Freedom Tastes Better Than Ice Cream

After getting my head back in the financial game, I decided to take a hard look at our spending during the months that we were doing a “no-budget” budget. Being the big spenders that we are, most of our unplanned purchases during that time went to food. Not dining out. Just plain old groceries. Okay, maybe “plain old groceries” is a bit of a misstatement. We seem to have developed a serious penchant for high-dollar yogurts, fancy ice cream bars, and fresh cuts of salmon. And what’s with that $12 bag of “hand-crafted” chips we bought at the produce stand?? They weren’t even all that good!

After analyzing the data, I popped my head into the living room where Angie was reading a book.

“Did you know we’ve been spending more than $450 a month on groceries and household stuff over the past 3 months?”

“No,” she replied, and kept on reading.

Not to be ignored, I plopped down on the ottoman. “$450,” I reiterated. “Remember when we used to spend $150 a month on groceries in Florida?”

“Yes. And remember how we also spent $20 a week at the Amish market?” she countered.

“Okay, fine,” I said, doing the math in my head. “But that’s still just $230 a month. I know groceries aren’t that much more expensive here. And we ate red meat back then! Something has changed.”

That something was us.

Over the years, we’ve gone in a lot of different directions, all for pretty much the same reason – to live with less. We embraced minimalism and tackled downsizing. Then we paid off debt, which meant we could work less. Next, we took some time to travel. And then we settled in to try living more sustainably. Each of these directions has required us to be diligent with our budget. It gave purpose to our spending…and our saving.

We’ve been living a pretty comfortable minimalist life for quite a few years. If you were to look at us on paper, we’d look something like this – we’re a one income couple with no kids, no consumer debt, and no mortgage. We rent a mid-priced one-bedroom apartment in a growing suburb of Nashville, where the cost of living is 27% below the national average. We have one car, one cat, and one heck of a good time taking advantage of all the free outdoor activities we have nearby. In short, we’re doing all right. But we have no goals…which means there’s little reason to think about the difference between spending $230 on groceries and $450. Both are reasonable (one, I’d even call cheap) so why be concerned?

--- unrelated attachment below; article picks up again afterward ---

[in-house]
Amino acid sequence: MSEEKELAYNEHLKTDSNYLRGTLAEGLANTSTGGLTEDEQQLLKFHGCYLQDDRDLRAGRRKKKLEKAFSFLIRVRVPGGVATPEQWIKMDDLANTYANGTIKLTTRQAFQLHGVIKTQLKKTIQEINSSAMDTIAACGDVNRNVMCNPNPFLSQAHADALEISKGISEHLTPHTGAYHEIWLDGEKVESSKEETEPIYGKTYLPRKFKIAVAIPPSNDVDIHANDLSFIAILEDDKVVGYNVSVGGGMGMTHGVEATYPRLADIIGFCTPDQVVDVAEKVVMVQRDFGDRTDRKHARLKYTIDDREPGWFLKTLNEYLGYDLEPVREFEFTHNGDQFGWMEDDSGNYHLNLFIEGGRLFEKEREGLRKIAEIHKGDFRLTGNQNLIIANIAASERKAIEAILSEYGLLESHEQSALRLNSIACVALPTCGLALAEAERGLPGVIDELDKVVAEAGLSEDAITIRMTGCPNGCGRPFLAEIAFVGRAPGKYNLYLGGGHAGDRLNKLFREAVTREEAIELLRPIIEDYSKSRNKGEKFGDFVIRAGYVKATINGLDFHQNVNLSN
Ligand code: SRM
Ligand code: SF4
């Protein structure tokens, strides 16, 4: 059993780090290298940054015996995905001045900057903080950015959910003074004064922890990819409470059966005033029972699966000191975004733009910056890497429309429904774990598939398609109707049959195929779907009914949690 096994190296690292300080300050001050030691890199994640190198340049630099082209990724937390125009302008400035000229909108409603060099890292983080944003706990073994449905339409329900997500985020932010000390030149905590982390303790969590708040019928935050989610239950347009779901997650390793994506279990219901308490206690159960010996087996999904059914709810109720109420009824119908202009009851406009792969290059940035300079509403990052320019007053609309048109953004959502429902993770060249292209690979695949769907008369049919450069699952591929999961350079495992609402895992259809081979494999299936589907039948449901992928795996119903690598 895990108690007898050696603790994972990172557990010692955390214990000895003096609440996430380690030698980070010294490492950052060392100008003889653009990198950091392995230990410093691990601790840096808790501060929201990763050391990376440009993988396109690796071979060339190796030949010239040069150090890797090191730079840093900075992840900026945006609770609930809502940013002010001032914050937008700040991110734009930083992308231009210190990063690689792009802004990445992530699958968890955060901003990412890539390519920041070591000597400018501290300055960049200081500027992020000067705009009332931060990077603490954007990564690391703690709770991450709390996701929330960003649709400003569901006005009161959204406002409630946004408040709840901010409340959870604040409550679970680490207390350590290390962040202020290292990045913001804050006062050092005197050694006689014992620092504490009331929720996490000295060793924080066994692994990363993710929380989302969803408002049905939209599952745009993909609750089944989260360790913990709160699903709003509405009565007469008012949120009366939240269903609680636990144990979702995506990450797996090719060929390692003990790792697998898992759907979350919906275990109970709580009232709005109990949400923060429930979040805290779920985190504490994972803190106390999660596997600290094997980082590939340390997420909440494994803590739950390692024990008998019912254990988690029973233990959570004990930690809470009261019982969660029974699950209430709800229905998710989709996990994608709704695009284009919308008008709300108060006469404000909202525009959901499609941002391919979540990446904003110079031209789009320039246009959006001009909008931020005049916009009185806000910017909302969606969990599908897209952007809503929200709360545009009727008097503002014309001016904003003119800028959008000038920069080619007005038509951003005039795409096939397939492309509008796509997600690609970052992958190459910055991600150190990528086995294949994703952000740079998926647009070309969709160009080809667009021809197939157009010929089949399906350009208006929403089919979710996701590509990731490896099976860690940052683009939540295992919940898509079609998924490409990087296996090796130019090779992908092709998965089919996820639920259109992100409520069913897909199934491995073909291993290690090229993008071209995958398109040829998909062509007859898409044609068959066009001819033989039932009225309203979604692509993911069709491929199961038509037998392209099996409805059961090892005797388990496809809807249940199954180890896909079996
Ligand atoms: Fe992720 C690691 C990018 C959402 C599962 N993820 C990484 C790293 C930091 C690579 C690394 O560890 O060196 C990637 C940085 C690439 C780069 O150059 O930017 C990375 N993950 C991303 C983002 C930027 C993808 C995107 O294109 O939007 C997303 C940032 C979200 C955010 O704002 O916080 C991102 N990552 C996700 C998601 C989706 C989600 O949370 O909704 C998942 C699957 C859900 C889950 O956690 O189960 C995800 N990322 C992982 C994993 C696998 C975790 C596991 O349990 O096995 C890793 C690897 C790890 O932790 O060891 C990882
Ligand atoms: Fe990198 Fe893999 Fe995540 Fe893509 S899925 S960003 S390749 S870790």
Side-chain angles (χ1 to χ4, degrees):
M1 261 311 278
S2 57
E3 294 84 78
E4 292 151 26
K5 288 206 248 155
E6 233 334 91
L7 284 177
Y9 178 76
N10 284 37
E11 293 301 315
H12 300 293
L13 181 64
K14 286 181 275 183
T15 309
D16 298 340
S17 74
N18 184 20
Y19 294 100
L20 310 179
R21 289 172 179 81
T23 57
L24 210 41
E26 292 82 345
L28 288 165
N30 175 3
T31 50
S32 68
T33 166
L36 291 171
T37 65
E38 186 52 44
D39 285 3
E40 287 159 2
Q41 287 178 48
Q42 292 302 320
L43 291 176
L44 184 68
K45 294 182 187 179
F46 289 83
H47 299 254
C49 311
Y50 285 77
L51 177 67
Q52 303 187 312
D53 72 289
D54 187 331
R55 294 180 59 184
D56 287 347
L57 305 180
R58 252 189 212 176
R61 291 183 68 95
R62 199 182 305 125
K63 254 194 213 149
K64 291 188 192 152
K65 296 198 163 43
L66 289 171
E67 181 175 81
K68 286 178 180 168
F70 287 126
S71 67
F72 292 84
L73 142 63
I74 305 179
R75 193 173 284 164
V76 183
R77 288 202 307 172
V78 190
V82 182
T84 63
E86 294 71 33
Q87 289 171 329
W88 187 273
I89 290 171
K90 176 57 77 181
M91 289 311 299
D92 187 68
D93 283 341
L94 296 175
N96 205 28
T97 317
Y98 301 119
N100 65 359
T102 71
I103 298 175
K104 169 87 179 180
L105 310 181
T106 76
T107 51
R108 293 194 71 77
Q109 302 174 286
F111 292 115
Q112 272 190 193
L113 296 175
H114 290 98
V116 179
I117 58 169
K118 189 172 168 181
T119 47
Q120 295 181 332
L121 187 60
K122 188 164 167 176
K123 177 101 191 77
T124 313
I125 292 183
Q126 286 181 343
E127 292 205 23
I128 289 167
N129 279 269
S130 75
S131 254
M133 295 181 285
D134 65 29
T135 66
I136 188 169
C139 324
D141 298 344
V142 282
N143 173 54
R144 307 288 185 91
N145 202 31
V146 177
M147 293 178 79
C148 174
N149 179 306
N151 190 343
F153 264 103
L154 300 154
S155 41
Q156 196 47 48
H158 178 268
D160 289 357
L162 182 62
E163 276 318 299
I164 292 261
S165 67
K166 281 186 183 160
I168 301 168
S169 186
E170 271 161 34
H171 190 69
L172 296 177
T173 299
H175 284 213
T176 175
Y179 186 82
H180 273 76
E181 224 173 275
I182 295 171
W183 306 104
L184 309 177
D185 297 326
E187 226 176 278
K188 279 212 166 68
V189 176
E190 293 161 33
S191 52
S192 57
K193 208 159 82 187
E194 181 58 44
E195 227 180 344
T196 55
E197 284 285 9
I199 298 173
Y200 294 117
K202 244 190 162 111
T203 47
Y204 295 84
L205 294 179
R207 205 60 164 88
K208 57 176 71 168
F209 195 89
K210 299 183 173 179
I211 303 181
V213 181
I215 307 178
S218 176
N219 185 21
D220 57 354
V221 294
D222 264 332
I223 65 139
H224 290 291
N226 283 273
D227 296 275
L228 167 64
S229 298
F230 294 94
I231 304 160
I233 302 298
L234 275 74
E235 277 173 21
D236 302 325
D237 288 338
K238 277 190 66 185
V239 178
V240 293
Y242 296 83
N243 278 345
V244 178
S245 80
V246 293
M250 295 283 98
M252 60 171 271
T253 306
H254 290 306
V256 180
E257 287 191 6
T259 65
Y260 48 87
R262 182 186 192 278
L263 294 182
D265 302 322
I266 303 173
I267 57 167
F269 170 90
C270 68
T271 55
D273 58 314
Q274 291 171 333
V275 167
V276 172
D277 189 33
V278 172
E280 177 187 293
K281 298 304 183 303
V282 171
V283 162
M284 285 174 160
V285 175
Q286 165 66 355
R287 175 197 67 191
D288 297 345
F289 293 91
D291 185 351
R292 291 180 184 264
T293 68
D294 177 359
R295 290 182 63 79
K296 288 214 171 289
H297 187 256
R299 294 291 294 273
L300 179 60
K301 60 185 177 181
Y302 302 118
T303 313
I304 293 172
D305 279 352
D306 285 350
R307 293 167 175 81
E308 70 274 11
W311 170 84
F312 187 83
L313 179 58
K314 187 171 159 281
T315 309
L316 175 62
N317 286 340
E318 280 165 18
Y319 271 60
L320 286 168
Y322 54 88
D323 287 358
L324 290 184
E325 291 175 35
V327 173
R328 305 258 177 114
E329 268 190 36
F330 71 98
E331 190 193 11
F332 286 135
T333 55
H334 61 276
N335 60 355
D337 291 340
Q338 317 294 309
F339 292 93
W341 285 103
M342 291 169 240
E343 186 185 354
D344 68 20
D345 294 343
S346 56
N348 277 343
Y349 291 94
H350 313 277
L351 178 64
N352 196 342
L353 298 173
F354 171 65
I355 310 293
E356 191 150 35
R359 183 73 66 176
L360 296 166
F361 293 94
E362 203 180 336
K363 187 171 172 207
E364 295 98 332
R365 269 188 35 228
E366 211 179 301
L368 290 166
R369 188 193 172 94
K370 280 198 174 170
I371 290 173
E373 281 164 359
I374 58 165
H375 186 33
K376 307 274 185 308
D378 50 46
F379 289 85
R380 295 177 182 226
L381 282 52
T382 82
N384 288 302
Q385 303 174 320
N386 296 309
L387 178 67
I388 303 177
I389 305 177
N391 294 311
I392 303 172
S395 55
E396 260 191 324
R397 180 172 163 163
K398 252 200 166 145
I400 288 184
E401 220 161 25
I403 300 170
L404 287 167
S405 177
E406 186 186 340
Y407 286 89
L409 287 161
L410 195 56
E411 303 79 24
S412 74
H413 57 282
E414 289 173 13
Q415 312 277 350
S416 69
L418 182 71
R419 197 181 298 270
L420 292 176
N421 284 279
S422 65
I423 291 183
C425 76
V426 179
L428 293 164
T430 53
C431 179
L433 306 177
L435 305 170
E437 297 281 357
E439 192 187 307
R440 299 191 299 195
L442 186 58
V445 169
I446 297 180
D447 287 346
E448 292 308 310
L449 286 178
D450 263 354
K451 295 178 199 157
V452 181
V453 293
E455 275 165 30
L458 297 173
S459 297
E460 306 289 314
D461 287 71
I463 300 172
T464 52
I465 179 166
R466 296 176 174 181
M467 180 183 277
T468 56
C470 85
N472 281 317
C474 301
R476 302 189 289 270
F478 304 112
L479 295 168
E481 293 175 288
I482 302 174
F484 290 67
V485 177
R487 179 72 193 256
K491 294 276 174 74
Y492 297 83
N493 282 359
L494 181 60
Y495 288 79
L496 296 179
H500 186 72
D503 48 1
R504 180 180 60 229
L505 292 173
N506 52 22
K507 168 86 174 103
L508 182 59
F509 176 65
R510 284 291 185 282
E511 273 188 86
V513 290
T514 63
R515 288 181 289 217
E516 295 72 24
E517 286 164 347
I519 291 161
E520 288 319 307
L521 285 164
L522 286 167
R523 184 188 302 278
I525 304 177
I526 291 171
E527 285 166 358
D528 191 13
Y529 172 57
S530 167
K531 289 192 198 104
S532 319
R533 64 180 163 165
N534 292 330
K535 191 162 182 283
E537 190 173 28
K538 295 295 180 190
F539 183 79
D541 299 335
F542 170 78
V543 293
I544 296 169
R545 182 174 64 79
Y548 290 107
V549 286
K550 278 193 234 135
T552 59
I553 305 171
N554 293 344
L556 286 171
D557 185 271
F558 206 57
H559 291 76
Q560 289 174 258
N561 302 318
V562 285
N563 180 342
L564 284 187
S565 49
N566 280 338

Because life is better when you have a direction.

I mentioned last week that the landscape of my employment is changing. Our CEO is leaving at the end of July. Generally, management changes mean little to me but this one is different. Over the past 8 ½ years, I’ve quit this job twice (or rather, tried to quit). Both times, the demands of family were my primary motivators and both times, our wonderful CEO made accommodations that allowed me to stay. I am the only remote employee of a community center located 1,200 miles away. I work 4 days a week and still receive all the benefits of a full-time employee. In short, it’s a pretty good job (as far as jobs go) and I do enjoy the work; but I mainly stay because of the relationship I have with the CEO. She is not a micromanager. She trusts me and I trust her. I always said that if she left, I’d leave too but I guess, I didn’t think that would happen this year.

I haven’t turned in a notice or set a quit date or anything like that. I’m simply exploring our options right now. You see, leaving my job is not so much a loyalty thing as it is a freedom thing. I felt compelled to stay because so much was done on my behalf, but my heart has always been in a different place – a place where I could wake up every day and choose what I wanted to do without the constraints of any one job.

Along the way, I’ve made contingencies for such a day. Though we had a bit of a falling out with finance this year, we’ve never stopped saving for (and dreaming of) this opportunity. That commitment to minimalism that I described above has put us in a good position where I could work even less than I do now – provided we stop buying $12 bags of chips – and the thought of finally being able to do that (without feeling guilty) is pretty exciting. So exciting, in fact, that it’s the main reason I started rethinking our budget this week. If cutting our grocery budget is what it takes to achieve our version of a “work optional” life, then bring on the beans and rice, baby! I’m all in!

Simply said – saving money makes so much more sense when it is in pursuit of something attainable. If I can own my most precious resource – time – then I don’t just want to toss money around carelessly, even if it is for food. That $5 ice cream bar may be delicious, but I don’t want to look back one day and find that it (and others like it) stood in the way of our achieving something truly rewarding.